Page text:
Bee rage has been neatly standardized by an experiment in which a little felt flag was briefly waved in front of hives with the help of a mechanical arm. European honey bees typically delivered between zero and ten stings to the flag in 30 seconds. In contrast, Africanized bees stung it between 400 and 500 times in the same interval. That little felt flag later passed away at the East Houston Regional Medical Center.

Furthermore, when honey bees sting, they release – along with their venom – an alarm pheromone5 called iso-amyl acetate that, curiously, smells like bananas.  The pheromone is a chemical signal for other bees to attack. Because if there’s anything killer bees hate more than felt flags, it’s a non-banana that still stinks like a banana. It just makes them completely insane. So then more bees attack, which in turn releases more alarm pheromone in a horrifying fruit-scented positive feedback loop.

‘Is that banana?  I think that’s banana.  If that’s banana I am seriously going to lose it right now.’

The venom of Africanized honey bees is no different than European honey bees, nor do they deliver more of it per sting. It’s just that they’re total jerks. Disturb a hive of Africanized bees and you can expect to be pursued by hundreds or even thousands of apoplectic flying syringes (as opposed to the comfortable 20 to 40 norm). And just FYI, the average non-allergic person can withstand about 7 bee stings per pound of body weight before death becomes a real possibility. If you’re allergic to bees, you can use the same formula — just be sure to enter your weight as 1/7th pound.

This is all bad. But on the bright side, Africanized honey bees pollinate plants and plants are crucial to agriculture production everywhere in the blah, blah, blah, blah.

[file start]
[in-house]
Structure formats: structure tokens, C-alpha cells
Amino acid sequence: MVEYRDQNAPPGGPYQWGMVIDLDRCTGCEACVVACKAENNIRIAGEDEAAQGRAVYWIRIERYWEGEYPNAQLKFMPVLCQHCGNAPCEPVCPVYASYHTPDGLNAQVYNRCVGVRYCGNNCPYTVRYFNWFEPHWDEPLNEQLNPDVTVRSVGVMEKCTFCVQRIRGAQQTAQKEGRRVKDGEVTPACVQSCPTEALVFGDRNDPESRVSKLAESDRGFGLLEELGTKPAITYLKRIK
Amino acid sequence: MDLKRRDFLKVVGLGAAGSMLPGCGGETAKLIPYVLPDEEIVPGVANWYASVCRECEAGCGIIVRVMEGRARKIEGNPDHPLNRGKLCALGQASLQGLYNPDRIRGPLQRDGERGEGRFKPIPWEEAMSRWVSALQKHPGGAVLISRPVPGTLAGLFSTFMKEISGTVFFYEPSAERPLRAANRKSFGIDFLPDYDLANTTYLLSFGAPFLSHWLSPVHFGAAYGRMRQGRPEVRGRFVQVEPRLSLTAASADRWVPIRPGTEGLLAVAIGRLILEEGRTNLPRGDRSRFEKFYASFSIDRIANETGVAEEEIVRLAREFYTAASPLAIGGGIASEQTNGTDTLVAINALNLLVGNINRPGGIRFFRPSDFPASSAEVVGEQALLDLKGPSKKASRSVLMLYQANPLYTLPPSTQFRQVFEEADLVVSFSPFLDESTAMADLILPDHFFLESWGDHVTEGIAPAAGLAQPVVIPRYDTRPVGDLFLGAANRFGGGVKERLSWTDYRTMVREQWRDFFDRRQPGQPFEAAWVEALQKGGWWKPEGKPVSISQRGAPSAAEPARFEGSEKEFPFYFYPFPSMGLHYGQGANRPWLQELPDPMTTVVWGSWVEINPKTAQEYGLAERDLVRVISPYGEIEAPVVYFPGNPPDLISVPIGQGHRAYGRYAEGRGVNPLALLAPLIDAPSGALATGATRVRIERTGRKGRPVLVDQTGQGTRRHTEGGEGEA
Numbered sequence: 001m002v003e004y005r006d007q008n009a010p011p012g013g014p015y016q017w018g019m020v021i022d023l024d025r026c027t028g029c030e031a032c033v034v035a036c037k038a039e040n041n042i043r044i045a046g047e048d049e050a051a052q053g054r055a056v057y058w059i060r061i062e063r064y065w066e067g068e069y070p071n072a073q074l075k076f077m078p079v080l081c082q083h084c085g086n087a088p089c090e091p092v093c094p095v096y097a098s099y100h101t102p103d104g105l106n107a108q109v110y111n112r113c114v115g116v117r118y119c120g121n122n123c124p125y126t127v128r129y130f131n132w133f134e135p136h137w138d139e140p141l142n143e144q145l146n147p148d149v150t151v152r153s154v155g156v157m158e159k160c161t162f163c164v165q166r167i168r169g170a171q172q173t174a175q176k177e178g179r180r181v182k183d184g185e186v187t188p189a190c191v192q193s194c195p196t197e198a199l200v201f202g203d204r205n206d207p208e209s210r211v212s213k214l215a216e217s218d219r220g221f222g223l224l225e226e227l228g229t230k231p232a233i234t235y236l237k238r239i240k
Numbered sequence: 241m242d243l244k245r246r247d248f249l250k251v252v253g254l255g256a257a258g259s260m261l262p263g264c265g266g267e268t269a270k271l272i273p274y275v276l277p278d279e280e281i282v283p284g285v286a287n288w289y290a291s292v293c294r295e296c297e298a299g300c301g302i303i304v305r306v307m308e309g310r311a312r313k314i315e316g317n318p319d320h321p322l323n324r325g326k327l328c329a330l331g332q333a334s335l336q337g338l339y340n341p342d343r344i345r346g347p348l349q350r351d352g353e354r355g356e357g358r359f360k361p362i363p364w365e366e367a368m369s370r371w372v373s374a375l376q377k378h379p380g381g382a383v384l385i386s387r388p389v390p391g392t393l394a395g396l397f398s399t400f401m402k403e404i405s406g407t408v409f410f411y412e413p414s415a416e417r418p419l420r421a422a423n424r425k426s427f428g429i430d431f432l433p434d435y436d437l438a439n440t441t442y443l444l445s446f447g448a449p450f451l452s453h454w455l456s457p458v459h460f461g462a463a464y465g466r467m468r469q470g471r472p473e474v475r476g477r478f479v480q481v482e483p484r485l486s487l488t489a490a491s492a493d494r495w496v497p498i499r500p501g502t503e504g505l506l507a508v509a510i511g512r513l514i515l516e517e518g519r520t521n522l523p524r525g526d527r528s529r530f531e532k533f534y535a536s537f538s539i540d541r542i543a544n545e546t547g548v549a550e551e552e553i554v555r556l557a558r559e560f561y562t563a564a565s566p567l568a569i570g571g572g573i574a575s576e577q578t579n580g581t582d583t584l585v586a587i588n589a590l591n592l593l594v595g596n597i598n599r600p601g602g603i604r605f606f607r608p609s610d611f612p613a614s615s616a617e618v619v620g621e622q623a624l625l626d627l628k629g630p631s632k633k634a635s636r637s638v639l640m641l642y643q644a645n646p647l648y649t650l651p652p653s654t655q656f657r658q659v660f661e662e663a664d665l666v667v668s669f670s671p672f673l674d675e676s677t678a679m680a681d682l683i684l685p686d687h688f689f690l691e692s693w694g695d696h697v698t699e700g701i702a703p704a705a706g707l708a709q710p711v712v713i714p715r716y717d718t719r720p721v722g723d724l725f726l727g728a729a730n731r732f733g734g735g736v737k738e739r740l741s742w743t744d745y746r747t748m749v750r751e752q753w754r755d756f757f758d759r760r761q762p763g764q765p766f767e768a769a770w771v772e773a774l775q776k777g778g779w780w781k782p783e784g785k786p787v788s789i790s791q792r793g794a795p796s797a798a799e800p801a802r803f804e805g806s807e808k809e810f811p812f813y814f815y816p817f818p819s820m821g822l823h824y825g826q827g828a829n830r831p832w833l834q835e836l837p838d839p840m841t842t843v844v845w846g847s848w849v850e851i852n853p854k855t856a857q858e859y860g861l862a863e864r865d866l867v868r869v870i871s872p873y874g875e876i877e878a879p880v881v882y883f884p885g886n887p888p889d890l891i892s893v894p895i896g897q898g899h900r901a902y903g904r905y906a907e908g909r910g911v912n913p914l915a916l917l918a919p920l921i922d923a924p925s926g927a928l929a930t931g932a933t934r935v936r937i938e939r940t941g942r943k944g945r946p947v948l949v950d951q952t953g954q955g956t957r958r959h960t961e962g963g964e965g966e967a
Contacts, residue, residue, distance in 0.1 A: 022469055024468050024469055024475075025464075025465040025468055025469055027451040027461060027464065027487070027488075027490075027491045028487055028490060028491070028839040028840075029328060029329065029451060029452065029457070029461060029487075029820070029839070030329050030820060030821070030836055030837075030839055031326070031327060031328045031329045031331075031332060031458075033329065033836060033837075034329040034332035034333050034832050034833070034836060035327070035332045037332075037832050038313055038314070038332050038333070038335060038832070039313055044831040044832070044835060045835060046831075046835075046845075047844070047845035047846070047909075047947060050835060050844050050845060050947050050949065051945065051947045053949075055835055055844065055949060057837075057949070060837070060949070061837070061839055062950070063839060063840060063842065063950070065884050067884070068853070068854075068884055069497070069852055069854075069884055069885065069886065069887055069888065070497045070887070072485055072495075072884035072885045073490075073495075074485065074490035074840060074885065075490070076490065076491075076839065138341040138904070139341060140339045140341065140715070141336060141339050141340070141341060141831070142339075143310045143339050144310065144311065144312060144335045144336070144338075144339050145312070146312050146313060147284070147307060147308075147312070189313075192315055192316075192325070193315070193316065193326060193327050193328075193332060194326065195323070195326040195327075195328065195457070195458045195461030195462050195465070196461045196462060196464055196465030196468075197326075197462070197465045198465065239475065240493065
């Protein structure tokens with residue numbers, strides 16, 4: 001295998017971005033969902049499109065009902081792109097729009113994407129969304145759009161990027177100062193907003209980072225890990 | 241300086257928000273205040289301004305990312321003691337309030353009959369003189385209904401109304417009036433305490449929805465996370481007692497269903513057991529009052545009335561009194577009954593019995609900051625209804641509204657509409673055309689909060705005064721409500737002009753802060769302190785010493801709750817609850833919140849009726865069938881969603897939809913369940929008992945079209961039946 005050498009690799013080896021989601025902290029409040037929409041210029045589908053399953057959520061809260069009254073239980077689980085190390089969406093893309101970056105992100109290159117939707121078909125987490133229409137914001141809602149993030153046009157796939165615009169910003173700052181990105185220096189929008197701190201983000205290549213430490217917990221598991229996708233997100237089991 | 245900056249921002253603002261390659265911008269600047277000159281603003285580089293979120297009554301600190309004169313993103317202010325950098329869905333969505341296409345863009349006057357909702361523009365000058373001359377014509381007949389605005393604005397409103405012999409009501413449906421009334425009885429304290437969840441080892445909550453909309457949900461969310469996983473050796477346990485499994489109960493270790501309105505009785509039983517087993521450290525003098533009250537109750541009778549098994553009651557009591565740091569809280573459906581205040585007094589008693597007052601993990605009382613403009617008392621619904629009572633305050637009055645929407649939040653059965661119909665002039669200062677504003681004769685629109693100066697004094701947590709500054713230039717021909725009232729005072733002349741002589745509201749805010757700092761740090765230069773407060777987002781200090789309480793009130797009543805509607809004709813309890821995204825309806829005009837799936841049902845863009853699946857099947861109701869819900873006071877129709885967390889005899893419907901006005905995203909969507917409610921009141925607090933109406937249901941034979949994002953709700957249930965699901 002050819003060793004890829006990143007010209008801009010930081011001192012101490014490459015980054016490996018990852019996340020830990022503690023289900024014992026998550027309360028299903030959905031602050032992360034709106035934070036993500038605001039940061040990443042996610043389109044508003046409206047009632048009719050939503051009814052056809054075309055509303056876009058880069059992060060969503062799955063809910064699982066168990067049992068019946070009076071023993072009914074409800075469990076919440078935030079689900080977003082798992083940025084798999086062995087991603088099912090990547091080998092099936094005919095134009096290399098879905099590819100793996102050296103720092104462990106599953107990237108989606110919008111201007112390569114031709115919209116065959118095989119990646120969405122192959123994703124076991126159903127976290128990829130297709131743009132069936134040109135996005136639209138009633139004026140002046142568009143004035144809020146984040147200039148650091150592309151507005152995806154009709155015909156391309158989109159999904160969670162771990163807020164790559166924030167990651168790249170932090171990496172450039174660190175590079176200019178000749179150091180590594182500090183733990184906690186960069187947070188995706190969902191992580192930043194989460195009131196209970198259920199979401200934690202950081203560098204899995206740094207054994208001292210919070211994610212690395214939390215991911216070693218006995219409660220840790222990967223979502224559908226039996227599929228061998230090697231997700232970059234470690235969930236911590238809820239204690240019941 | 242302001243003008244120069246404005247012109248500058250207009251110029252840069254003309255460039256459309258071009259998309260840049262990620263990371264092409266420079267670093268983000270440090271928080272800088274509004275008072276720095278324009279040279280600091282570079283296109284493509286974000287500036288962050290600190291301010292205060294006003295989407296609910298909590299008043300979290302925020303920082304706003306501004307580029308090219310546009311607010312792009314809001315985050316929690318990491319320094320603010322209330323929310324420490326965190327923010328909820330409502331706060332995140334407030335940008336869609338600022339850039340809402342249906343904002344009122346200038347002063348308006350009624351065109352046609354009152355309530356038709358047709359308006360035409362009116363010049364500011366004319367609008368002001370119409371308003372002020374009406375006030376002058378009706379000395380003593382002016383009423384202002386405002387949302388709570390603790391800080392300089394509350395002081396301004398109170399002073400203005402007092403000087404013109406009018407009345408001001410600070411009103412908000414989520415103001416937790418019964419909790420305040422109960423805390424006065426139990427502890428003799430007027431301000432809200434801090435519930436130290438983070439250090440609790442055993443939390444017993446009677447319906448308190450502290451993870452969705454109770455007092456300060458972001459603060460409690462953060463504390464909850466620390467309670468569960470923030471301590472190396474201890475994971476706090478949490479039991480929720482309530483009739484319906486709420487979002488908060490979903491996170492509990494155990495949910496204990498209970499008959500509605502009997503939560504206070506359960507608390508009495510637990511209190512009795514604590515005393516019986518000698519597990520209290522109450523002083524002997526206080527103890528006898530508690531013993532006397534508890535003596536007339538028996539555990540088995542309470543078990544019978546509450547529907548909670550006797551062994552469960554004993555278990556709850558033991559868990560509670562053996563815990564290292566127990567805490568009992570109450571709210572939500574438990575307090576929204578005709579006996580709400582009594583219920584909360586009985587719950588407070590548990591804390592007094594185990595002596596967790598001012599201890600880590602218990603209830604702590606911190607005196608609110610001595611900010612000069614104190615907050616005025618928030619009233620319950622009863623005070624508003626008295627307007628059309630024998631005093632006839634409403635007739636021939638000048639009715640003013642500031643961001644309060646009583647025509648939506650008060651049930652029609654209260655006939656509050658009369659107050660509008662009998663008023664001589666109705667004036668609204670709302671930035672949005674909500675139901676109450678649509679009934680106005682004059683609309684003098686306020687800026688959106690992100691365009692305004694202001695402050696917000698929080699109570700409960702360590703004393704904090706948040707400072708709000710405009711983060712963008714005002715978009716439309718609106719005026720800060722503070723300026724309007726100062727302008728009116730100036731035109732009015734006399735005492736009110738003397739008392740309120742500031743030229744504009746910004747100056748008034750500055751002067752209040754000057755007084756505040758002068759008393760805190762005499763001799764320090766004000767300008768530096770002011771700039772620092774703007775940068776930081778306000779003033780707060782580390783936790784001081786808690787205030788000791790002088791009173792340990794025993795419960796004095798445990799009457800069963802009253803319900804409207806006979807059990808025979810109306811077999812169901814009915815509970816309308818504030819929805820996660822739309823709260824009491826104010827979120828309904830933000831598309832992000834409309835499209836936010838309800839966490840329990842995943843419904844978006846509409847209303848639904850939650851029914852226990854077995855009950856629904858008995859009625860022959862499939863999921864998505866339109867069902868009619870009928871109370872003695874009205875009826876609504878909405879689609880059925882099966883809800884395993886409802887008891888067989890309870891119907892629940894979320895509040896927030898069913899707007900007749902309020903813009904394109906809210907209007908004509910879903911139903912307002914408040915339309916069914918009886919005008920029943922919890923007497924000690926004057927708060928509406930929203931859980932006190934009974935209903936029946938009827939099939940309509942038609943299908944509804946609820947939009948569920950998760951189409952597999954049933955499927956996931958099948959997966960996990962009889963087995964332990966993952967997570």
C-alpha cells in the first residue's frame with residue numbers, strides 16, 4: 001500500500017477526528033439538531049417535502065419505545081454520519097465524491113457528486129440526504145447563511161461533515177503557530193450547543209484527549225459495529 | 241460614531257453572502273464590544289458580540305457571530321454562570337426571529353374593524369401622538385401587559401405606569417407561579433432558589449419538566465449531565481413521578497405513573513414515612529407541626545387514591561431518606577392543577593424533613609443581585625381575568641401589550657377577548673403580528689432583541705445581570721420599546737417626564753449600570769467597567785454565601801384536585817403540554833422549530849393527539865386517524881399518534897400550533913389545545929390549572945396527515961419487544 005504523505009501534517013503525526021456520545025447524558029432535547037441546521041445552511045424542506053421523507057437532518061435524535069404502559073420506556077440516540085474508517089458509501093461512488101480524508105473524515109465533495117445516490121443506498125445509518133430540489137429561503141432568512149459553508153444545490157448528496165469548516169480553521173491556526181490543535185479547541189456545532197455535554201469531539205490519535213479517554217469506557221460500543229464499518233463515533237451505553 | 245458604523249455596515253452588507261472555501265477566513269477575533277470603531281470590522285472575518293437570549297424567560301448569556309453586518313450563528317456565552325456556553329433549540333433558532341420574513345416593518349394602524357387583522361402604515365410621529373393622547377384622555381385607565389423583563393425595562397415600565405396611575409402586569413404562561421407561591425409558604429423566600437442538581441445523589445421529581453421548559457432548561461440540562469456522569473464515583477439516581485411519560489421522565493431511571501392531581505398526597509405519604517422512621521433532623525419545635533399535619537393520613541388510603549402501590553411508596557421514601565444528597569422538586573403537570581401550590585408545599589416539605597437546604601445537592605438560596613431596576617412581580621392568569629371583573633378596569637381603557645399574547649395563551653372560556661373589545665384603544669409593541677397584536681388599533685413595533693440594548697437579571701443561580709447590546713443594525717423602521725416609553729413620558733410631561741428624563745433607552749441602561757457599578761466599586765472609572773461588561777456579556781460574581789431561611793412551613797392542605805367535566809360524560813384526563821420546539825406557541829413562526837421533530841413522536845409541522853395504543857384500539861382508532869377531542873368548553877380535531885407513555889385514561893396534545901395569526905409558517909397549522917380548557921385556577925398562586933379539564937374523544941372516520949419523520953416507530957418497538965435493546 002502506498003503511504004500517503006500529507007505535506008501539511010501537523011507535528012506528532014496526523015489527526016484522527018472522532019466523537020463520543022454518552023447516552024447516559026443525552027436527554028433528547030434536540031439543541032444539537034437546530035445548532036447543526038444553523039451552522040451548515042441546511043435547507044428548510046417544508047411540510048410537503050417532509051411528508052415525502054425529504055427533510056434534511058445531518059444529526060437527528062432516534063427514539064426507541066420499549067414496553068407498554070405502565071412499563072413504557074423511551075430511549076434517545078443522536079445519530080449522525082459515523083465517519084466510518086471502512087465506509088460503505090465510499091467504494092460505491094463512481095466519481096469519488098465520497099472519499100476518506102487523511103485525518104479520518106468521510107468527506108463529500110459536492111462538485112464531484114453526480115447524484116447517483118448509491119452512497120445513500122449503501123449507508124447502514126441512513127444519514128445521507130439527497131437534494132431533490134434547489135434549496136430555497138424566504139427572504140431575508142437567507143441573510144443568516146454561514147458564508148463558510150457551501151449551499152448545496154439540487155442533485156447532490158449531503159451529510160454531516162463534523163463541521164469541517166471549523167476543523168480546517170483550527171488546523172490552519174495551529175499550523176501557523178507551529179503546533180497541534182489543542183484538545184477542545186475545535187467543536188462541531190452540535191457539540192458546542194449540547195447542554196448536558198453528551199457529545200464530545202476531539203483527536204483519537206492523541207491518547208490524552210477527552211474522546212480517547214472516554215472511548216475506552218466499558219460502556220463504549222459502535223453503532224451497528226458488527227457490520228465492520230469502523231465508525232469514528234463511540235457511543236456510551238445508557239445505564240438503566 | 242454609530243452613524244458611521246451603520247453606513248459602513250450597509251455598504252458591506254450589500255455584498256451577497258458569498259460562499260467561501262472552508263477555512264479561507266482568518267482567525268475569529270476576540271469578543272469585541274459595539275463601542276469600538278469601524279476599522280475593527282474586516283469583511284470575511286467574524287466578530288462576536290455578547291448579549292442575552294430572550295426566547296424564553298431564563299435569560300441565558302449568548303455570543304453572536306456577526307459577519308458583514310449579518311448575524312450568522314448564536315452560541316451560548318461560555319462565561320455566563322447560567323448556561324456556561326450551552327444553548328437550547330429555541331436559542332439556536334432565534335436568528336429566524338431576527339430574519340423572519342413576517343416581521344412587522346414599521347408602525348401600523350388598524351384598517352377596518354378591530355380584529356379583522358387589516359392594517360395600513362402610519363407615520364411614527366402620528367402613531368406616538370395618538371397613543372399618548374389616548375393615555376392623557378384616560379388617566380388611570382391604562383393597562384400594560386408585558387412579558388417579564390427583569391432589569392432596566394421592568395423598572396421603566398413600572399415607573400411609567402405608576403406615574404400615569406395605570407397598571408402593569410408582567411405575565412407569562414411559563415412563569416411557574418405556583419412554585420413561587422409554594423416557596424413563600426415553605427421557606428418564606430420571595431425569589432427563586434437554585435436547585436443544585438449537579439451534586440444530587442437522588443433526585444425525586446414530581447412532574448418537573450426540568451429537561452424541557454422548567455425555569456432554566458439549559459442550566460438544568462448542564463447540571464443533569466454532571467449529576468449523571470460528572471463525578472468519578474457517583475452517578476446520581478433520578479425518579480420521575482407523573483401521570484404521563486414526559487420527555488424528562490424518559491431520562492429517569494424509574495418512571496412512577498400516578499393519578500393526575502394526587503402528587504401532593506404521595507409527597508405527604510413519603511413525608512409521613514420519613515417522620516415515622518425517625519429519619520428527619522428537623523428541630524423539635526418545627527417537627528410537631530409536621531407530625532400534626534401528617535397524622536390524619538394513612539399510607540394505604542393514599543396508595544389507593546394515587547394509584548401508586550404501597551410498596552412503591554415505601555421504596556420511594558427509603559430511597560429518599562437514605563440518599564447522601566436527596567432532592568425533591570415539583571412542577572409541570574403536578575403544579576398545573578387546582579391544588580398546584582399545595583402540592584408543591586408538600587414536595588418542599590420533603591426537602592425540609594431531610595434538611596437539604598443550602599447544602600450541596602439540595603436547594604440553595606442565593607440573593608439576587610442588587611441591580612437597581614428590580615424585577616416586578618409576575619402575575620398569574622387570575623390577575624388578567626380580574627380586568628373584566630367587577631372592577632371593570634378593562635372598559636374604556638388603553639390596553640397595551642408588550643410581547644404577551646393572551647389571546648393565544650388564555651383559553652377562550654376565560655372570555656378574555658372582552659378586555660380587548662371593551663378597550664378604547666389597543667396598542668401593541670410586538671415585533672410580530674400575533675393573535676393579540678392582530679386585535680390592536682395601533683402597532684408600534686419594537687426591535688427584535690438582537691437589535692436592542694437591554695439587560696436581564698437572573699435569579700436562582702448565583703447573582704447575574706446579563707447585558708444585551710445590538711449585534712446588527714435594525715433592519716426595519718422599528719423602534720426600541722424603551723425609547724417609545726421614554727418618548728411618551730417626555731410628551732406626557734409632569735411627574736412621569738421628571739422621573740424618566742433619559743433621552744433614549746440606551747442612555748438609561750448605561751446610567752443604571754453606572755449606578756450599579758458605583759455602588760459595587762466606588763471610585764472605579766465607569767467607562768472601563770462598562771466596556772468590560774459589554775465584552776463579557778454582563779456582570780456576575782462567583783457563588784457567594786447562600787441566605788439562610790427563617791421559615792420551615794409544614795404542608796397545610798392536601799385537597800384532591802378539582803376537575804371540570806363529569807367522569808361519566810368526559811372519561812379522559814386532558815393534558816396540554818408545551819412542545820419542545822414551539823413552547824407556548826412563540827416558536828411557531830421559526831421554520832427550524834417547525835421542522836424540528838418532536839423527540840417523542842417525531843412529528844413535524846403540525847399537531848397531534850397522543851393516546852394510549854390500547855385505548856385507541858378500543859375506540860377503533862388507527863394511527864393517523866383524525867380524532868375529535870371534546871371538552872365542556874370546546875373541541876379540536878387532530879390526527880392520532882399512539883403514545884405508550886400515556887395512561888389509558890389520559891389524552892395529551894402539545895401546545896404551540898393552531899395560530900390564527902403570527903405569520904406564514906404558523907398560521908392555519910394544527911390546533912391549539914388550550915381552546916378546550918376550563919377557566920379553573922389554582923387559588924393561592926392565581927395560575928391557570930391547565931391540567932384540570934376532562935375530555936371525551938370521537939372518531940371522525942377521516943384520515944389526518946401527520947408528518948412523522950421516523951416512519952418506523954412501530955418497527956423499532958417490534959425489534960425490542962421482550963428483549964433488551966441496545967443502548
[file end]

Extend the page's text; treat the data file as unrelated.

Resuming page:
Grade: F

Warwick Estevam Kerr Grade: F-

1 Past winners might also include American chemist Thomas Midgley, Jr., who gave us tetra-ethyl lead additives for gasoline (it turns out that lead in the air is not too helpful) AND chlorofluorocarbon (CFC) a refrigerant/aerosol propellant that helped keep our drinks cold and our hair styles groovy, but also tended to destroy our planet’s vital ozone layer at an alarming rate. Bring out the clown.

2 These are the normal honey bees you prefer. The ones that sting you less than 2,000 times. They were originally imported from Europe.

3 75% is excellent. And 100% is considered practically a sure thing.

4 They’ve killed about 26 since in the US, the latest in Tivoli, Texas. Killer Bees also inhabit New Mexico, Arizona, Nevada, California, Oklahoma, Alabama, Arkansas, Florida, Louisiana and Utah. So maybe take “I love camping and the outdoors!!!!” off your online dating profile now.

5 This is why beekeepers employ smoke. It’s thought to mask the effect of the bee’s alarm pheromone. Neat.

*UPDATE* – Antlers as Organs

There has been some chatter in the blogosphere after Animal Review referred to moose antlers as ‘organs.’  Some commentators have weighed in against that assertion, on account of antlers appearing externally and having a wood-like texture.

That being said, antlers are in fact organs.  In fact, some scientists believe that they may hold clues to human organ regeneration.  Very few deer or moose believe this, but they mostly practice Eastern medicine anyway.


The moose (Alces alces) is the largest member of the deer family.  Which is good news, given that anyone who’s ever bumped into a moose in the woods will tell you that they are indeed enormous, so anything larger in the deer family would really strain logistics.

‘Did you get my authorization request for 11,000 coffee creamers?’

How big are moose?  A male moose can be seven feet tall at the shoulder and ten feet at their head, with a massive rack that can easily span six feet across and requires turning one’s moose head 90 degrees to sneak between trees.  They can easily reach 1,500 pounds (females, which are smaller, work out obsessively), though the record trophy is over a ton, with a 38-point rack that must have been a nightmare to carry and completely ruined the feng shui of the family room.